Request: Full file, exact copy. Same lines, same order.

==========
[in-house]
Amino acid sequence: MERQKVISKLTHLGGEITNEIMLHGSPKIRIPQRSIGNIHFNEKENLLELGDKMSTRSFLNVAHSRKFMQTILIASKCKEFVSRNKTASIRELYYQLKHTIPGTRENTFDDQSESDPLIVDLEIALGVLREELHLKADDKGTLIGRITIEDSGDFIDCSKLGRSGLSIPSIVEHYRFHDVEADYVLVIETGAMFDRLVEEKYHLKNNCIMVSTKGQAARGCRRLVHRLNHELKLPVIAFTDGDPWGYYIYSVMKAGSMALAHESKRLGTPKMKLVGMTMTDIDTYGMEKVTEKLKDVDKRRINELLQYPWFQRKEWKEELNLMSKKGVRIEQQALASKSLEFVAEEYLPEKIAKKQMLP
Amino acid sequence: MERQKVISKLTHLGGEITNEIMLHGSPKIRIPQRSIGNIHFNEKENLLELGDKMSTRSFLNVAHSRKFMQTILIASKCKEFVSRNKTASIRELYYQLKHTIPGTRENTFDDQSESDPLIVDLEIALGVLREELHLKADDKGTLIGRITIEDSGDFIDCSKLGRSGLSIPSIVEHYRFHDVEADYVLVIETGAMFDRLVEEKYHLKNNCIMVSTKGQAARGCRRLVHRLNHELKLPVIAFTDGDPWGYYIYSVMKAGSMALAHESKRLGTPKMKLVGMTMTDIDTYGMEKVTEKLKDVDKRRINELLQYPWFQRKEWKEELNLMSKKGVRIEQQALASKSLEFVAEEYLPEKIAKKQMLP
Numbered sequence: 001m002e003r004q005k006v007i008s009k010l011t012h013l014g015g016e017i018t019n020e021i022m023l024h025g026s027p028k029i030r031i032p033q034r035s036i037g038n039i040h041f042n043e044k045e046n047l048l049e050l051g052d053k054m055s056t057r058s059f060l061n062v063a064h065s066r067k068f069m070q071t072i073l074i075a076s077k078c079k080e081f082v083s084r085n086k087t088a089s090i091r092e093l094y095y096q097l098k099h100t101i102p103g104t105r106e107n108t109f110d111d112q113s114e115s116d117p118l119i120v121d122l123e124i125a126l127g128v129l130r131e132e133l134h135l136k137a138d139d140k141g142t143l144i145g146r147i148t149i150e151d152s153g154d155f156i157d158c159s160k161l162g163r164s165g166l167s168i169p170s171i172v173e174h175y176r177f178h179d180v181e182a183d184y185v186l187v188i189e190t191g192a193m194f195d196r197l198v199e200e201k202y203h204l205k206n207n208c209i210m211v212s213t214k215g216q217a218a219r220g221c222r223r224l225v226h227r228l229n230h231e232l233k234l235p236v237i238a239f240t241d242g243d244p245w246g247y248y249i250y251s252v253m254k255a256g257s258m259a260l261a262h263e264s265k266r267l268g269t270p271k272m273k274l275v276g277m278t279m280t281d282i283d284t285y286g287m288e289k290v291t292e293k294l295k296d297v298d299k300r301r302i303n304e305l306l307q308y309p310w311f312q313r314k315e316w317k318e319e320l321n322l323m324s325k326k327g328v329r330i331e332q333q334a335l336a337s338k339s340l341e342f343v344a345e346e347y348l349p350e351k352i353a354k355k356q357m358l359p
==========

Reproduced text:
[in-house]
Amino acid sequence: MERQKVISKLTHLGGEITNEIMLHGSPKIRIPQRSIGNIHFNEKENLLELGDKMSTRSFLNVAHSRKFMQTILIASKCKEFVSRNKTASIRELYYQLKHTIPGTRENTFDDQSESDPLIVDLEIALGVLREELHLKADDKGTLIGRITIEDSGDFIDCSKLGRSGLSIPSIVEHYRFHDVEADYVLVIETGAMFDRLVEEKYHLKNNCIMVSTKGQAARGCRRLVHRLNHELKLPVIAFTDGDPWGYYIYSVMKAGSMALAHESKRLGTPKMKLVGMTMTDIDTYGMEKVTEKLKDVDKRRINELLQYPWFQRKEWKEELNLMSKKGVRIEQQALASKSLEFVAEEYLPEKIAKKQMLP
Amino acid sequence: MERQKVISKLTHLGGEITNEIMLHGSPKIRIPQRSIGNIHFNEKENLLELGDKMSTRSFLNVAHSRKFMQTILIASKCKEFVSRNKTASIRELYYQLKHTIPGTRENTFDDQSESDPLIVDLEIALGVLREELHLKADDKGTLIGRITIEDSGDFIDCSKLGRSGLSIPSIVEHYRFHDVEADYVLVIETGAMFDRLVEEKYHLKNNCIMVSTKGQAARGCRRLVHRLNHELKLPVIAFTDGDPWGYYIYSVMKAGSMALAHESKRLGTPKMKLVGMTMTDIDTYGMEKVTEKLKDVDKRRINELLQYPWFQRKEWKEELNLMSKKGVRIEQQALASKSLEFVAEEYLPEKIAKKQMLP
Numbered sequence: 001m002e003r004q005k006v007i008s009k010l011t012h013l014g015g016e017i018t019n020e021i022m023l024h025g026s027p028k029i030r031i032p033q034r035s036i037g038n039i040h041f042n043e044k045e046n047l048l049e050l051g052d053k054m055s056t057r058s059f060l061n062v063a064h065s066r067k068f069m070q071t072i073l074i075a076s077k078c079k080e081f082v083s084r085n086k087t088a089s090i091r092e093l094y095y096q097l098k099h100t101i102p103g104t105r106e107n108t109f110d111d112q113s114e115s116d117p118l119i120v121d122l123e124i125a126l127g128v129l130r131e132e133l134h135l136k137a138d139d140k141g142t143l144i145g146r147i148t149i150e151d152s153g154d155f156i157d158c159s160k161l162g163r164s165g166l167s168i169p170s171i172v173e174h175y176r177f178h179d180v181e182a183d184y185v186l187v188i189e190t191g192a193m194f195d196r197l198v199e200e201k202y203h204l205k206n207n208c209i210m211v212s213t214k215g216q217a218a219r220g221c222r223r224l225v226h227r228l229n230h231e232l233k234l235p236v237i238a239f240t241d242g243d244p245w246g247y248y249i250y251s252v253m254k255a256g257s258m259a260l261a262h263e264s265k266r267l268g269t270p271k272m273k274l275v276g277m278t279m280t281d282i283d284t285y286g287m288e289k290v291t292e293k294l295k296d297v298d299k300r301r302i303n304e305l306l307q308y309p310w311f312q313r314k315e316w317k318e319e320l321n322l323m324s325k326k327g328v329r330i331e332q333q334a335l336a337s338k339s340l341e342f343v344a345e346e347y348l349p350e351k352i353a354k355k356q357m358l359p